"We recognize that people from day to day, people living in poverty, are not necessarily going to be able to access everything in the store," said Sally Miller, co-ordinator of WEFC, adding that through consultation, they've discovered a need to expand their community kitchen offerings. The co-op will have some employees, but will also offer food-for-service, or 'sweat equity' as it's sometimes called. Members can volunteer with the co-op, either in the kitchen or storefront, in exchange for food vouchers.

The membership comes with the added benefit of having a vote in the operations of the co-op. Like Mountain Equipment Co-op, the popular outdoor gear store, WEFC is run by its members. The membership of WEFC incorporates workers, customers, farmers and community organizations as stakeholders. While the stated purpose is to provide healthy, locally sourced food, the co-op has taken a big interest in food concerns in Parkdale.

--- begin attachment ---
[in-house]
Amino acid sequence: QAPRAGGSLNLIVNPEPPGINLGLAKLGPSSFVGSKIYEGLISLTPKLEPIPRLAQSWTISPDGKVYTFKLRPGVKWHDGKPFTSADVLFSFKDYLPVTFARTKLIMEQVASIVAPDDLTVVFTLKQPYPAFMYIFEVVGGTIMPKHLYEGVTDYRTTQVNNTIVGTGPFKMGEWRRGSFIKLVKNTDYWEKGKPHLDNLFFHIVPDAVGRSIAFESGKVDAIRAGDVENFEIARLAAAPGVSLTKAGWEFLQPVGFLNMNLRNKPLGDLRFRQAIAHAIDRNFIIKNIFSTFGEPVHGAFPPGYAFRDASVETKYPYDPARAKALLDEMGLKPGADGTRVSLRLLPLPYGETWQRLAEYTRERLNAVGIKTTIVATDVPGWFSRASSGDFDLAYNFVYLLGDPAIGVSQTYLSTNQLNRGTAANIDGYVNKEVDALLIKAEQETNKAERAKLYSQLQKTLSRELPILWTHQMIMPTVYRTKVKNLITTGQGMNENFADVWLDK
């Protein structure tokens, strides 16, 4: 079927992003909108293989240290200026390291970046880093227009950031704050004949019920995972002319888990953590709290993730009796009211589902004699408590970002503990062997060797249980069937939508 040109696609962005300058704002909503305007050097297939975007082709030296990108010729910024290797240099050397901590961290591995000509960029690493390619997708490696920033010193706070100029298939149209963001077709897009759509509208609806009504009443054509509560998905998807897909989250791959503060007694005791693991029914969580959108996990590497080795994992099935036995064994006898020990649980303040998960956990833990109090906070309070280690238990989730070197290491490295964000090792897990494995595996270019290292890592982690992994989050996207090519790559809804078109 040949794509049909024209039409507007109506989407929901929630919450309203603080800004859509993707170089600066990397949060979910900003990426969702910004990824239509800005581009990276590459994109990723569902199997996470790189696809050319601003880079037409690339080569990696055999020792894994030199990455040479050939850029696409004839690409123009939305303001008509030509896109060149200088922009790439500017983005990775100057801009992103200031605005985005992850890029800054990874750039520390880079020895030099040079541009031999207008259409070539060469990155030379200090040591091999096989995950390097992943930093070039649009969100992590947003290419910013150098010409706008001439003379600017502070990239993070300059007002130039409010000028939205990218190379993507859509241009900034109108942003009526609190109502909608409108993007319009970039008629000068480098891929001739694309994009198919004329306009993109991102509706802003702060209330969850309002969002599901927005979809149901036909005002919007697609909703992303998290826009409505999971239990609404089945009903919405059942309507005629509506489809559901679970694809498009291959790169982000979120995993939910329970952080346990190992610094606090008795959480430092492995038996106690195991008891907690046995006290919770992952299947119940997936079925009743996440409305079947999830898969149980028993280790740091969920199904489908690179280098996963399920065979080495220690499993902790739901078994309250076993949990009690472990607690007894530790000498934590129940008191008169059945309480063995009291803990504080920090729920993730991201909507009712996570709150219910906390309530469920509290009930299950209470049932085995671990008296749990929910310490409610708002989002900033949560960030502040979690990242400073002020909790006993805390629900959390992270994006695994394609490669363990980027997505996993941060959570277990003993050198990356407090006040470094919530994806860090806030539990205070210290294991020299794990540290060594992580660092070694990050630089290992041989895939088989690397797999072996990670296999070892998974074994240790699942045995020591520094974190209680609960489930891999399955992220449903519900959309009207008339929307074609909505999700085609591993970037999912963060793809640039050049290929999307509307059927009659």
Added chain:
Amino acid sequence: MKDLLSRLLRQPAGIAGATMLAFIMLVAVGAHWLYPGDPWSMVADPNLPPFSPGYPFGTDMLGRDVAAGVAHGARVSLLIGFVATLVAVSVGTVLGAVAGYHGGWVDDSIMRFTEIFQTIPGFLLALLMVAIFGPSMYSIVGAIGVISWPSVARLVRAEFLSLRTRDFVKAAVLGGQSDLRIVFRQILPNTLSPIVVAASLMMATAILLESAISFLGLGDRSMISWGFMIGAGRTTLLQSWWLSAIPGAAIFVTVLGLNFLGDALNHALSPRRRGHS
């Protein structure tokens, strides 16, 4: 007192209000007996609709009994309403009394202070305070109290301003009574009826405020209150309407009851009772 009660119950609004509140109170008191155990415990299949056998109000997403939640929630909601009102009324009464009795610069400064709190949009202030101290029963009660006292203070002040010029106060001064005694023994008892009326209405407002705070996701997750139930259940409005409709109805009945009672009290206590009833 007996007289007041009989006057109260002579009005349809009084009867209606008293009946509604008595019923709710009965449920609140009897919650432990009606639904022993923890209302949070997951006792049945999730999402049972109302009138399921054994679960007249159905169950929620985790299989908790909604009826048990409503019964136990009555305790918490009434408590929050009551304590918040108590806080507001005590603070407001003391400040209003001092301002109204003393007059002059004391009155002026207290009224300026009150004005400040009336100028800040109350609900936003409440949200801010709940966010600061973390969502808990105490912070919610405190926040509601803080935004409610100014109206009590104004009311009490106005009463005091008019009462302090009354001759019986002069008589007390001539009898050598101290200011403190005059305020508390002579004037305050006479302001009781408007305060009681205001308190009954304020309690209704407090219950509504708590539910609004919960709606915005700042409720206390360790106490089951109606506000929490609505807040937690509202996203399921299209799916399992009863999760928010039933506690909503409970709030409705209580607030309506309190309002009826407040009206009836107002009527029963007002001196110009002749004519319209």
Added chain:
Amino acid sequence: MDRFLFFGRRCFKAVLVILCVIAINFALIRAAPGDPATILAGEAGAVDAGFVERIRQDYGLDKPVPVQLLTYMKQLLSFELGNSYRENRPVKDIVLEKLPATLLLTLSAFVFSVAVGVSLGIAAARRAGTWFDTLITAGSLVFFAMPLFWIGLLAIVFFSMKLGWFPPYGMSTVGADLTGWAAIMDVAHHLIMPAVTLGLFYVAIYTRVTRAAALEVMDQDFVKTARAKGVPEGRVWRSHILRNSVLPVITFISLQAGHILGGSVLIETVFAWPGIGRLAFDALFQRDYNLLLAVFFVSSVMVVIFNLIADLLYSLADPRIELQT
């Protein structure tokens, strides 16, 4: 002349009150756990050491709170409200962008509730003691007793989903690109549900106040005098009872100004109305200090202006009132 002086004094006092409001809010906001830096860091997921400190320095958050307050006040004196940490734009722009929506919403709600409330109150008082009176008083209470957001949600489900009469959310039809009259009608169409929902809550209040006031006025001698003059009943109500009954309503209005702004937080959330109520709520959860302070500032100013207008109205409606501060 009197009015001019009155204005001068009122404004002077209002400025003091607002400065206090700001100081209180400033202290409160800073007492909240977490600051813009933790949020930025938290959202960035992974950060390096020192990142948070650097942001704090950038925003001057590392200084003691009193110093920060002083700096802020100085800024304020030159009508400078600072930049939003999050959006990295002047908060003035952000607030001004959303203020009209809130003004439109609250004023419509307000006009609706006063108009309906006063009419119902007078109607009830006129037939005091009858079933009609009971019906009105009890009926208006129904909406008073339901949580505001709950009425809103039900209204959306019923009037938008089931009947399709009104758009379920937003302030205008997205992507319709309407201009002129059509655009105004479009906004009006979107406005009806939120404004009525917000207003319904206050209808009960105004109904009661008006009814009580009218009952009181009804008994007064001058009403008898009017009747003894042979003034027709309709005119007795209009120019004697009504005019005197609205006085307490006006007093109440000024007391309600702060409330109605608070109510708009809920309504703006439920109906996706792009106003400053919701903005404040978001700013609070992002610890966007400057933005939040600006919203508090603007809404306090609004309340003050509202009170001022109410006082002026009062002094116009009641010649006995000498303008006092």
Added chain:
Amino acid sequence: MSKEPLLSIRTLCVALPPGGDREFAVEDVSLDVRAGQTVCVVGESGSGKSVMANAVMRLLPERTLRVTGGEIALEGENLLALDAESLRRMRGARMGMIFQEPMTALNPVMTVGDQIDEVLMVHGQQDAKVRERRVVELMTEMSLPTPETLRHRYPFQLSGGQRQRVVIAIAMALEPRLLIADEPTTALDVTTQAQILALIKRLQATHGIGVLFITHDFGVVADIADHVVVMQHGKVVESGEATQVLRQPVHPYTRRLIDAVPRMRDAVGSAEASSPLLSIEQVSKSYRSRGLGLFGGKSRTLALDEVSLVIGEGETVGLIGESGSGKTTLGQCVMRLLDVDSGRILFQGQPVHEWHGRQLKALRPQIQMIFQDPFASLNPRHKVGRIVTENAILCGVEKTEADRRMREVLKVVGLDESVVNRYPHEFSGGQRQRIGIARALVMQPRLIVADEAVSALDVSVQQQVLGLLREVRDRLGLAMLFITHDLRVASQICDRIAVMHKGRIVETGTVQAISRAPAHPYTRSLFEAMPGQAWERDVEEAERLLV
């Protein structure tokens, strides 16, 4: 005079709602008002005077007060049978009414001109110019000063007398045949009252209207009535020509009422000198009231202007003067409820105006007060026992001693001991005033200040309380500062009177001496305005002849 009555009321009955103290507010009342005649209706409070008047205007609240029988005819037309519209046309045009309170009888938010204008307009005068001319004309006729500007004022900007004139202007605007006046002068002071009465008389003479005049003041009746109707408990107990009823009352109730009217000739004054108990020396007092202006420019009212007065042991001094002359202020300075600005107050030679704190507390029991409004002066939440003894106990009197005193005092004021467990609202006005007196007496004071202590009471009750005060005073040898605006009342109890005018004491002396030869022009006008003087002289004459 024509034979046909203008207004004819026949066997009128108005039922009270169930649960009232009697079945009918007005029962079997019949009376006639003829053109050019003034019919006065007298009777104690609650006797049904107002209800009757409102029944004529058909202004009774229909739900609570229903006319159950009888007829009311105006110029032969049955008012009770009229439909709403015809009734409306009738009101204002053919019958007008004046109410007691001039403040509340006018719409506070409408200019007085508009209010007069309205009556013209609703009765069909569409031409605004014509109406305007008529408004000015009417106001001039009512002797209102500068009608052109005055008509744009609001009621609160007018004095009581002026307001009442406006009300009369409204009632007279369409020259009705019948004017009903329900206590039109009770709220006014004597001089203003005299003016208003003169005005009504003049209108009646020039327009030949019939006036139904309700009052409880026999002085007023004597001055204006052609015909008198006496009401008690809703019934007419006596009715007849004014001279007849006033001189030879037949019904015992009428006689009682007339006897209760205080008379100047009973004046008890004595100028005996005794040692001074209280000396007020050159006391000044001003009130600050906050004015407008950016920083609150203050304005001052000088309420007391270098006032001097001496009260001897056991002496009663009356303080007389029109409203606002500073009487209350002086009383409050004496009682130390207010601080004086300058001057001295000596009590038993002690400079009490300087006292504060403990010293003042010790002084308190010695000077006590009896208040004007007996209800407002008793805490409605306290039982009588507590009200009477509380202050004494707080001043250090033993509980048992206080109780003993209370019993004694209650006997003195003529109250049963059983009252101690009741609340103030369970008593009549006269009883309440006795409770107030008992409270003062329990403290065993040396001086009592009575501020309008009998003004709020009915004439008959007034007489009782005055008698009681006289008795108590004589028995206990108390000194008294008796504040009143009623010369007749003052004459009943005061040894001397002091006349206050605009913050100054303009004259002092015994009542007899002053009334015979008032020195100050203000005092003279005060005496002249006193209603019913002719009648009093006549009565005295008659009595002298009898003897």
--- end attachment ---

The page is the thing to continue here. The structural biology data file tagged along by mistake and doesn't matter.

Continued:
"We started off with the idea of starting a grocery store, and that's still of course our main raison d'être, but we're really kind of a tent around local food, and food issues and healthy eating," said John Richmond, director of WEFC. Mr. Richmond has been working in the co-op industry for nearly 20 years, beginning with food co-operatives in British Columbia.

The kitchen is a component of the business and will also provide employment for low-income community members. The kitchen will be used to cook complete meals sold for between $3 and $4. Members can get canning lessons there, like the one being delivered by Mr. Partanen, and generate income for the co-op by canning fruit. By partnering with community organizations like PARC, the co-op will be able to offer training and positions to marginalized populations.